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Earthing, Grounding & Forest Bathing

At a recent neighborhood party, I was talking with a gentleman in his 90’s. He was telling me about how he and his children (around my age) always saw me working in the yard and gardens. Even as a child, you could find me hanging in a tree, making mud pies decorated with sticks, rocks & crystals in my backyard “bakery”. And if I wasn’t filling potholes in the dirt road I lived on, I was jumping in the mud puddles when it rained. Now as an adult who purchased my family home, still my favorite thing to do is dig in the dirt.

“Love the Earth as you would love yourself.” – John Denver

A week after our conversation, he left a pamphlet in the mailbox with a note “Karen – You were always right!” followed by a smiley face. The title of the article Path to Well-Being. It said, “Did you know that the pulling, digging, reaching, twisting, and bending of gardening amounts to light aerobic exercise, which improves heart and lung health, helps prevent obesity, high blood pressure, diabetes, osteoporosis, some cancers, and more? Scientists have discovered that the mycobacterium found in soil can improve brain functions while boosting moods. The mycobacterium vaccae found in the soil increases serotonin produced in the brain (also known as the ‘happy’ chemical). By getting your hands dirty, you’re also making your brain happy! The sights, smells, and sounds of the garden are said to promote relaxation and reduce stress. The food grown is the freshest food you can eat. They are a treat for us all!” Now, all those same things above can be said about yoga as well, but I digress. Playing in the dirt, whether in your gardens, romping in a playground or mud puddle, or hiking in the woods, is good for you!

Stefano Mancuso, Italian neurobiologist and Director of the International Laboratory of Plant Neurobiology (LINV) in Florence, Italy is investigating the mysterious and largely unknown world of plants along with German Forest Ranger Peter Wohlleben who published a best-selling book titled “The Hidden Life of Trees: What They Feel, How They Communicate — Discoveries From a Secret World,” claiming that trees are highly social creatures.

He says, “trees can count, learn, and remember.” They nurse sick members, warn each other of danger by sending electrical signals across a fungal network (known as the Wood Wide Web) and for reasons unknown, keep the ancient stumps of long felled companions alive for centuries by feeding them a sugar solution through their roots. Rather than competition, there’s a lot of cooperation.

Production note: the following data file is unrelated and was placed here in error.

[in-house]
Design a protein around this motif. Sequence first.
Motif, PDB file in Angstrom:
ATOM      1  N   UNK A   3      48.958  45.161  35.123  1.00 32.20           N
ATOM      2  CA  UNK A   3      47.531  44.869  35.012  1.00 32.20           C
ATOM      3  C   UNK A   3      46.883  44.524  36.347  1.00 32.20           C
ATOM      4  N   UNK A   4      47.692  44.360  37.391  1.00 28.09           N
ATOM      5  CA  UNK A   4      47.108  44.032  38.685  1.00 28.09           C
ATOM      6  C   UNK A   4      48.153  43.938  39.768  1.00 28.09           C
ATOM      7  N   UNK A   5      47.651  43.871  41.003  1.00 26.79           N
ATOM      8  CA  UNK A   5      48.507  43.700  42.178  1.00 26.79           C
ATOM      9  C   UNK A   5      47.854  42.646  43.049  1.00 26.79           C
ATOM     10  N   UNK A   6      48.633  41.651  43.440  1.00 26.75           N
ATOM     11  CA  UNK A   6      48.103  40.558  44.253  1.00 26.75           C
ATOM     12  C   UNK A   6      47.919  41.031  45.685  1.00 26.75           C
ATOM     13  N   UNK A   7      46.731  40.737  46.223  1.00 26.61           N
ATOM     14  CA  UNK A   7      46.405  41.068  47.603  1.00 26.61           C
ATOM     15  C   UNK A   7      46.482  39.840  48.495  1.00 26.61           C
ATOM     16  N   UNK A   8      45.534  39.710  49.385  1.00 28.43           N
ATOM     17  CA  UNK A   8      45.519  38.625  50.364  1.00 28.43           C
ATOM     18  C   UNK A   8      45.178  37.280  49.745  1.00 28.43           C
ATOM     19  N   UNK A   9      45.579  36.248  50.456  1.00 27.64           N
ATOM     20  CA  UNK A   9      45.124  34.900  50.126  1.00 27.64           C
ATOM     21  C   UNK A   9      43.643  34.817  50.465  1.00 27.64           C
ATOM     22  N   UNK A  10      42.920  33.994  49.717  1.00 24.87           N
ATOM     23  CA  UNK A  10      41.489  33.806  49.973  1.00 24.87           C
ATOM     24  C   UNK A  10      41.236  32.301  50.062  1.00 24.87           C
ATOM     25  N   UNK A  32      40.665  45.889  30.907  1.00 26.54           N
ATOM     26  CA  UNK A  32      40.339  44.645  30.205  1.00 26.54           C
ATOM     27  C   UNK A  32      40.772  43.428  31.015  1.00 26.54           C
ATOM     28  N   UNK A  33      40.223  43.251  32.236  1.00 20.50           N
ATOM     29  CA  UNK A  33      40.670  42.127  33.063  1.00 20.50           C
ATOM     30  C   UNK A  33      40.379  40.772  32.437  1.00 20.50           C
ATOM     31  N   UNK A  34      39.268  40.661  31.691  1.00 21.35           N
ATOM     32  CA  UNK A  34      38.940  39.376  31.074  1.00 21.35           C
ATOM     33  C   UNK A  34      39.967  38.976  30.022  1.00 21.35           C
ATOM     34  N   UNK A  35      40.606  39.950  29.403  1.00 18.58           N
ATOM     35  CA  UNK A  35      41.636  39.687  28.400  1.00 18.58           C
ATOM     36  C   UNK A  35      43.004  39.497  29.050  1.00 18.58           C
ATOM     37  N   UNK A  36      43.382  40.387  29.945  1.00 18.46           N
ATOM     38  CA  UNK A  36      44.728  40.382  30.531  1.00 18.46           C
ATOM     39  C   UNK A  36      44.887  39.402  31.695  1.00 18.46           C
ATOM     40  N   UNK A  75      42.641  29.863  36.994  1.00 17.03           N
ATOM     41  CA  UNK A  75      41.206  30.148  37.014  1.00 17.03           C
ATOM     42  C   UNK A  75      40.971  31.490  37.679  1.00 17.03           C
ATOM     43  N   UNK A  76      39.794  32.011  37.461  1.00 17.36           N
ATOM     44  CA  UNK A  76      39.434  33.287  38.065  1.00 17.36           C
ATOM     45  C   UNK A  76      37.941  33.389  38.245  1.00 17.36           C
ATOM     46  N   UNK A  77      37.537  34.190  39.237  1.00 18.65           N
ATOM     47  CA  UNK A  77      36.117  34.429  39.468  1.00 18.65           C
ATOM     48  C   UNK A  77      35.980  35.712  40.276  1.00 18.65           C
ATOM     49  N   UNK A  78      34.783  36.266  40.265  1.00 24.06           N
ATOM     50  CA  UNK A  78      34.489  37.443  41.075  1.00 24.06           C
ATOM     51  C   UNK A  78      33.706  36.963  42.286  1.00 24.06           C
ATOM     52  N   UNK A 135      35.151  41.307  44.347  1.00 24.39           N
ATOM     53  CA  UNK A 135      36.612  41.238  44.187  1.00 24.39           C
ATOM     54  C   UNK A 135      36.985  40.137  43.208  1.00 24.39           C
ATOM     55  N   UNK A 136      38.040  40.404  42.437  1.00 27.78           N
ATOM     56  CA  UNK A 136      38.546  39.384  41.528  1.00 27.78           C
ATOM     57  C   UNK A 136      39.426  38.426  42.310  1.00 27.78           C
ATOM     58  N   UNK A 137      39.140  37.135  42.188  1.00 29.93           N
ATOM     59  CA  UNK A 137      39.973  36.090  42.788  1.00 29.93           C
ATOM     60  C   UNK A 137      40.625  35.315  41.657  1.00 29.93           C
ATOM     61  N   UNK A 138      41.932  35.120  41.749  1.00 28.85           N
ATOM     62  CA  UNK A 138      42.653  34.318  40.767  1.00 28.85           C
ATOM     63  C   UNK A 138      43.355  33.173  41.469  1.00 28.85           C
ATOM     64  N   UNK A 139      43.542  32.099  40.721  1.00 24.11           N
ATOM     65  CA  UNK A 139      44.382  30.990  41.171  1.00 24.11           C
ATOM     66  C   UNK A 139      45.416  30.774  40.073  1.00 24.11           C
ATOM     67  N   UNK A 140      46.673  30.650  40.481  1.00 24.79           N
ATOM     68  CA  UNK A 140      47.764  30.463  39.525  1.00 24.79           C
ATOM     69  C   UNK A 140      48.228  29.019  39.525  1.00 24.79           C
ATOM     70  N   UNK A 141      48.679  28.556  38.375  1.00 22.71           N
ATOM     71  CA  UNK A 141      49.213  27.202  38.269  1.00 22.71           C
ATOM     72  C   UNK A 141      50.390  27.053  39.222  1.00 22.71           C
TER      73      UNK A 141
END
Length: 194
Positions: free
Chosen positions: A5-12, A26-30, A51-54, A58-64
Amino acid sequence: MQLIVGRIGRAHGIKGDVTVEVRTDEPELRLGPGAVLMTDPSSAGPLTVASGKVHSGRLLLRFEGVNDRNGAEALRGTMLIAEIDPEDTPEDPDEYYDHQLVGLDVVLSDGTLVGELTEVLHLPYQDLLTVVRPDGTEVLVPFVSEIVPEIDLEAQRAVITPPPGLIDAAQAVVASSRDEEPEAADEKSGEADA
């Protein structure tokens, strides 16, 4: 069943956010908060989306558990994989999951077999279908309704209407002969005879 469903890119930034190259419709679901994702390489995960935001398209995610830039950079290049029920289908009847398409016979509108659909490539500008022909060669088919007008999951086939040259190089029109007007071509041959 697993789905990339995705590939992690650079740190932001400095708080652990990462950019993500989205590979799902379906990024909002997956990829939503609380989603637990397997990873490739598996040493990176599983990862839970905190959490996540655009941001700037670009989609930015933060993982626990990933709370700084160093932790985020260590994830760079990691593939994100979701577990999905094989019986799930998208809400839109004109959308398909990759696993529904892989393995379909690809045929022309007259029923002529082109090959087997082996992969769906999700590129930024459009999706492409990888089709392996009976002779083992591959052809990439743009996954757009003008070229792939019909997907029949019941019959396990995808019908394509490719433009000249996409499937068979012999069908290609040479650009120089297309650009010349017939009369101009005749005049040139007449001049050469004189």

On her Ted Talk, Ecologist Suzanne Simard says she researches “below-ground fungal networks that connect trees and facilitate underground inter-tree communication and interaction.” Biologist George David Haskell says that the connection in a network necessitates communication and breeds languages; understanding that nature is the first step in hearing trees talk. Think about how we speak: whispering pines, falling branches, crackling leaves, the steady hum buzzing through the forest. Wohlleben wants us to acknowledge the essential role trees play, not just in producing oxygen and timber, but in cultural Consciousness.

Underneath the earth are vast networks of roots working with fungi to move water, carbon, and nutrients among trees of all species. These networks mimic human neural and social networks. They even have mother trees!

Professor Simard discovered that fungal threads link nearly every tree in a forest — even trees of different species. Carbon, water, nutrients, alarm signals and hormones can pass from tree to tree through these subterranean circuits. Resources tend to flow from the oldest and biggest trees to the youngest and smallest. Chemical alarm signals generated by one tree prepare nearby trees for danger. Seedlings severed from the forest’s underground lifelines are much more likely to die than their networked counterparts. And if a tree is on the brink of death, it sometimes bequeaths a substantial share of its carbon to its neighbors.

Some scientists have advocated, sometimes controversially, for a greater focus on cooperation over self-interest and on the emergent properties of living systems rather than their individual units.

According to “Do Trees Talk to Each Other?” from the Smithsonian magazine, there is conflict in a forest, but there is also negotiation, reciprocity and perhaps even selflessness. The trees, understory plants, fungi and microbes in a forest are so thoroughly connected, communicative and codependent that some scientists have described them as superorganisms. Recent research suggests that mycorrhizal networks also perfuse prairies, grasslands, chaparral and Arctic tundra — essentially everywhere there is life on land. Together, these symbiotic partners knit Earth’s soils into nearly contiguous living networks of unfathomable scale and complexity.